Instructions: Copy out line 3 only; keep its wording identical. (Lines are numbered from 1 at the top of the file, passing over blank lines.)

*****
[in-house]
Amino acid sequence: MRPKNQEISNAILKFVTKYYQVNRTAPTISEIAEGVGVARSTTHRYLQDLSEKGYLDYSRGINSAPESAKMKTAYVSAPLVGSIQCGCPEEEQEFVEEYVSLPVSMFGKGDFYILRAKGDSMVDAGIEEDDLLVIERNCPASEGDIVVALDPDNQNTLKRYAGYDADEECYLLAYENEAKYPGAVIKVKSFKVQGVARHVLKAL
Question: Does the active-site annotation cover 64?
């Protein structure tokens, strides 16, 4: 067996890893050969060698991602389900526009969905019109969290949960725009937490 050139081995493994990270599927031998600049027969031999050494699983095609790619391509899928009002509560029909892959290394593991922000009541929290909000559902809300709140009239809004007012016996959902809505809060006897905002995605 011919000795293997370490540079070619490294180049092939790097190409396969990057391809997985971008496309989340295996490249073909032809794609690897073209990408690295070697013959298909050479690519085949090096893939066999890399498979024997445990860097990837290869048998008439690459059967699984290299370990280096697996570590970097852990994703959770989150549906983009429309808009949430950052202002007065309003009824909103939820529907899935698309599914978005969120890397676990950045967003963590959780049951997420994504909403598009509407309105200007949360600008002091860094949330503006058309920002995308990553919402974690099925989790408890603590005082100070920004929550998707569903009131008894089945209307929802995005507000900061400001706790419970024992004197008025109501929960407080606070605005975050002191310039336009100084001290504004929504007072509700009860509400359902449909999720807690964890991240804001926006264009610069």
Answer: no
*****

Question: Does the active-site annotation cover 64?